This is a small story about a shell feature that broke the CI.
A development team reached out to me and asked for help, as terraform consistently crashed for them:
What are we doing?
During the GitLab CI run, the following simple shell code is executed to put a Service Account Key from a CI variable into a file, which is later read by Terraform to authenticate against the Google Cloud APIs.
This template has worked fine for a very long time. So why is Terraform now complaining just for this project, that the file defined in
GOOGLE_APPLICATION_CREDENTIALS is invalid JSON?
What is happening, and why?
Let's take a look the content of
Looks like normal JSON Service Account Key for Google Cloud, right?
I copied the CI variable content into a local file and then ran some commands to test something (check out jq if you don't know it already):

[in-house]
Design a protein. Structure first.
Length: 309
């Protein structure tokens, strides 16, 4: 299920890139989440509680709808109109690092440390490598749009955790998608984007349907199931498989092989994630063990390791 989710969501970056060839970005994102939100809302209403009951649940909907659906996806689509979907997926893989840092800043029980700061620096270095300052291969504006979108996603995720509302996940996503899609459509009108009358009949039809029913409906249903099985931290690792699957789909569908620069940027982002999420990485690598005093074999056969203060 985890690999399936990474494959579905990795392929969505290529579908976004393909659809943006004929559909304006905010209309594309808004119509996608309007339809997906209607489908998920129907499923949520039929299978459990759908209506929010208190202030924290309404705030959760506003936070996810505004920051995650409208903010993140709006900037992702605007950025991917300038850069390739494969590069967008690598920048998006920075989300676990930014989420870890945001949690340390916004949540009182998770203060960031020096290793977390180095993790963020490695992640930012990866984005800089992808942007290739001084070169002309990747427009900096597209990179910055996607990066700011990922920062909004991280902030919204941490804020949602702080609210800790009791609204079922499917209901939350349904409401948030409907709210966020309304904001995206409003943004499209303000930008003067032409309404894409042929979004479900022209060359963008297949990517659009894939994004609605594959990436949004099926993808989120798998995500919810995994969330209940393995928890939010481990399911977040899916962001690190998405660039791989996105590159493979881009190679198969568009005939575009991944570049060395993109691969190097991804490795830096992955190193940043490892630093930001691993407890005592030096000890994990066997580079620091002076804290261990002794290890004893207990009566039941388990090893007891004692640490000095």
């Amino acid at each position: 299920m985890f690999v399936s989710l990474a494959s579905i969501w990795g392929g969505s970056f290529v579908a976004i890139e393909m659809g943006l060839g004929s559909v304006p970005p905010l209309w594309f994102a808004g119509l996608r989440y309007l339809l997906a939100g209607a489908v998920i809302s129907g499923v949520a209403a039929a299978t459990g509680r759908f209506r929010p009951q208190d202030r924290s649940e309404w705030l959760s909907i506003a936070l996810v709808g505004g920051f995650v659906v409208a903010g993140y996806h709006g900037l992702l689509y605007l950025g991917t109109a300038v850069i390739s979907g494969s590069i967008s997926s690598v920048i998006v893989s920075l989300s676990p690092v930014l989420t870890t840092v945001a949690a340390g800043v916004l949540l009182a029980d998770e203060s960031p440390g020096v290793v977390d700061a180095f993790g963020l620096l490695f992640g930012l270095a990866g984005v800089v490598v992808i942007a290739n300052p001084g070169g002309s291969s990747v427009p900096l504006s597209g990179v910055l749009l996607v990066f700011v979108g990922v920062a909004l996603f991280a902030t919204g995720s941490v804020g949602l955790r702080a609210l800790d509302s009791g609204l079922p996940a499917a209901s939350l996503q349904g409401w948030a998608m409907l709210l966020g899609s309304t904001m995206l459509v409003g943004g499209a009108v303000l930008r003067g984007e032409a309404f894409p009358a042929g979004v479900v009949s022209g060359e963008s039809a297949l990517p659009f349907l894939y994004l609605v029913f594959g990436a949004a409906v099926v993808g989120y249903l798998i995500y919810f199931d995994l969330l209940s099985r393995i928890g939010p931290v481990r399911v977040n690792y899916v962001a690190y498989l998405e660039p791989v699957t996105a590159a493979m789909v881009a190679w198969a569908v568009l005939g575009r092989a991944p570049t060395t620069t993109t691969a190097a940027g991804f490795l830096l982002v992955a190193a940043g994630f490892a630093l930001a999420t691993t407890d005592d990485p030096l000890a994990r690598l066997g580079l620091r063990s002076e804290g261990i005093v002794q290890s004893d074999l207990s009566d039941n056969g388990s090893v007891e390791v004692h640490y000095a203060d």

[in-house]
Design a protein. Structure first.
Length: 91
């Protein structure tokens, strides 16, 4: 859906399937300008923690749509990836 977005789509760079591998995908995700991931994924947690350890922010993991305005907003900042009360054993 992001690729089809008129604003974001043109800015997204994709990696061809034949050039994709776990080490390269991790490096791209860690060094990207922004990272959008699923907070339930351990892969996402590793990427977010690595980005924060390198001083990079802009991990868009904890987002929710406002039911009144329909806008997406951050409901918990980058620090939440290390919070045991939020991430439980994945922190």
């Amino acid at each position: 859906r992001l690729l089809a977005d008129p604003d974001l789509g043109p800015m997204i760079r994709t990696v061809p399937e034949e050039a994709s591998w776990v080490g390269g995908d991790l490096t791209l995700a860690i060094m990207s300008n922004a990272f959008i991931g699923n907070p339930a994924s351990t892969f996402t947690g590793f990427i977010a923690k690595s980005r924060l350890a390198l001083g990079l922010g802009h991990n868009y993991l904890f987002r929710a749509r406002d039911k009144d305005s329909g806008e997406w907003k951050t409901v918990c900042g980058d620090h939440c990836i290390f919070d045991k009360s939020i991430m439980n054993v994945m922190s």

How does shell variable expansion work?
When you put a variable into a command, the variable is replaced exactly with the content of it before being passed to the application.
That means if your variable contains a space, you'll have multiple arguments to the application. If your variable is a path that contains a space, it just breaks. Especially macOS users love to fall into this trap:
Additionally, certain escape sequences are also supported.
In our JSON case, we have multiple
\n (newlines) inside a string (the private key), which is being processed by the shell as well:
After the JSON is (accidentaly) processed by
bash and put through
echo, there's now "real" line breaks within strings - which is disallowed by JSON.
What's the fix?
In general, always enclose shell variables with quotation marks (
") when passing them to applications. This ensures they're passed as single argument and won't get split up.
And because we're using YAML for the CI definition, we also need a different syntax to define the command strings:
Finding shell issues more quickly
To quickly find issues like these in your bash scripts, use the wonderful shellcheck.
How to prevent that in the first place?
Alternatively, GitLab CI is also able to write variables directly to files and puts the filename into the variables. That way, you won't even have to bother with issues like that.